After teaching, directing, and working with multiple art based organizations and the Flint board of education for 13 years, he took a position in the European tour of Black and Blue working with legends like Jimmy Slyde, Chuck Green, Lloyd Story, Dianne Walker, and Henry LeTang.
I was only 13-years old when I took over all of his tap classes at Creative Expressions Dance Studio and continued to teach after he returned back to Flint. He was so eager to share all of the information that he learned while on tour with Black and Blue, that he decided to organize a tap festival called Tapology. This was a crucial turning point in the trajectory of his activism in Flint. This program has brought in world class musicians, tap dancers, and educators to share knowledge, train youth, and expose the whole community of Flint to the great art forms of jazz and tap.
Tapology is one of the only leading black tap festivals in the world. My father has committed his entire life to providing quality training and education to disadvantaged youth in Flint, Michigan. Some of our students have gone on to work professionally in the entertainment business appearing on shows like Showtime at the Apollo, So You Think You Can Dance, broadway shows like Billy Elliot, Scottsboro Boys, STOMP, and Shuffle Along. Tapology is a model program and is supported by the Flint Cultural Center, and the Ruth and Charles Mott Foundation.
SB: When did you first become aware that there was something wrong with the water?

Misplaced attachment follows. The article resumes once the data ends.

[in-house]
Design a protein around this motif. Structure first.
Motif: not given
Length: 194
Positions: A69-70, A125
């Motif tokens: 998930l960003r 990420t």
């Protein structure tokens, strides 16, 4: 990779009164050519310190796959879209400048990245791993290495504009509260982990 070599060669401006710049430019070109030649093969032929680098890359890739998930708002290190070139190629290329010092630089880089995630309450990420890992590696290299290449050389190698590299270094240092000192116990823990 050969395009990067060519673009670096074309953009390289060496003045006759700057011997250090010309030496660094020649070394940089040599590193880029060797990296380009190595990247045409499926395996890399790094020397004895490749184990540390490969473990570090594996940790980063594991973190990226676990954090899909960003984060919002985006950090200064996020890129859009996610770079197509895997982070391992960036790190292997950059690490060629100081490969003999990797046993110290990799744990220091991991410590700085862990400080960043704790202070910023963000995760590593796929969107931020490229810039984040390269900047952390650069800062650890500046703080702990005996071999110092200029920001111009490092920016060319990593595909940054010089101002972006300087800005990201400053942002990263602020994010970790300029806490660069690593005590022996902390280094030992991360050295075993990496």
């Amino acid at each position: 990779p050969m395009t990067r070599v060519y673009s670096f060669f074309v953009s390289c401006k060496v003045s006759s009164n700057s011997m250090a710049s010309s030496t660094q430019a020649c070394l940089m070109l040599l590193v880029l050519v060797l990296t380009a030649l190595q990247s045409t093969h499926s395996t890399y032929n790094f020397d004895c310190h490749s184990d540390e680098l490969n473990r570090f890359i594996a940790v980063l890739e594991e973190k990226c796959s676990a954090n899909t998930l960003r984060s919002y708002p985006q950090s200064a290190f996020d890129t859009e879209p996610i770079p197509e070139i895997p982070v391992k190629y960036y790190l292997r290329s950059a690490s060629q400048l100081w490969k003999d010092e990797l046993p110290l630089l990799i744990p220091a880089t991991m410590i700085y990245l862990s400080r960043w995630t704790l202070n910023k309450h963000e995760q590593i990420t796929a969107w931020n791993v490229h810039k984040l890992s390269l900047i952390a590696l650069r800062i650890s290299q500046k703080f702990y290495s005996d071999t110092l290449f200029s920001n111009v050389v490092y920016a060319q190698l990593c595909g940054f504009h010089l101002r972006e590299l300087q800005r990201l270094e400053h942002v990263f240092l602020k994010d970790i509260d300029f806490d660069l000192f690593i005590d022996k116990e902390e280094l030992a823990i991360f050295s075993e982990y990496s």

AB: When I first heard about the switch in 2014, I did not want to believe it. I knew it was not going to be a good idea. Everyone knows in the city of Flint that the Flint River is not the kind of water you would go skinny dipping in or even drink from. General Motors has been dumping toxic waste in that water for years. What people were hoping for, was that the government had their best interest at heart by treating the water. However, this was not the case. It wasn’t until months later folks started complaining about the water and discovered that there were contaminants in the water. After meetings with the water department and the city council, they tried to tell the people that the water is still safe to drink and that they had nothing to worry about. However, the people of Flint are resilient and started organizing and meeting on their own to fight this issue. Once Marc Edwards, the science professor at Virginia Tech and his students took it upon themselves to do water testing and investigations, the truth started coming to light that the water is not right.